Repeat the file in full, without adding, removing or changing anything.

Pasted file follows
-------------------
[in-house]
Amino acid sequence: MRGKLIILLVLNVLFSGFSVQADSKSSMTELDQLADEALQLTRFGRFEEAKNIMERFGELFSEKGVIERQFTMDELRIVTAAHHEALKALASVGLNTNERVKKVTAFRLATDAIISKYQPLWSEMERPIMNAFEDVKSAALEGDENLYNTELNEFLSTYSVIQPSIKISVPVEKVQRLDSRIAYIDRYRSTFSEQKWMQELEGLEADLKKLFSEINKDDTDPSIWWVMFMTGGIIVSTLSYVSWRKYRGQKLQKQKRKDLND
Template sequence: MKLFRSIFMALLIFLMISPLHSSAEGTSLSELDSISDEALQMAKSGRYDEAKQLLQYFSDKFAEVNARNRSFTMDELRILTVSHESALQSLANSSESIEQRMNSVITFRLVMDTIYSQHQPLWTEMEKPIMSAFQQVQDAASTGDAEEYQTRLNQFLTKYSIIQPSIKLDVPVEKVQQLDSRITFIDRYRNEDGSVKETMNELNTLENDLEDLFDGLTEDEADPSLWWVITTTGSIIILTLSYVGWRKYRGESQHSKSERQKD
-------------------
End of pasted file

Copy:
[in-house]
Amino acid sequence: MRGKLIILLVLNVLFSGFSVQADSKSSMTELDQLADEALQLTRFGRFEEAKNIMERFGELFSEKGVIERQFTMDELRIVTAAHHEALKALASVGLNTNERVKKVTAFRLATDAIISKYQPLWSEMERPIMNAFEDVKSAALEGDENLYNTELNEFLSTYSVIQPSIKISVPVEKVQRLDSRIAYIDRYRSTFSEQKWMQELEGLEADLKKLFSEINKDDTDPSIWWVMFMTGGIIVSTLSYVSWRKYRGQKLQKQKRKDLND
Template sequence: MKLFRSIFMALLIFLMISPLHSSAEGTSLSELDSISDEALQMAKSGRYDEAKQLLQYFSDKFAEVNARNRSFTMDELRILTVSHESALQSLANSSESIEQRMNSVITFRLVMDTIYSQHQPLWTEMEKPIMSAFQQVQDAASTGDAEEYQTRLNQFLTKYSIIQPSIKLDVPVEKVQQLDSRITFIDRYRNEDGSVKETMNELNTLENDLEDLFDGLTEDEADPSLWWVITTTGSIIILTLSYVGWRKYRGESQHSKSERQKD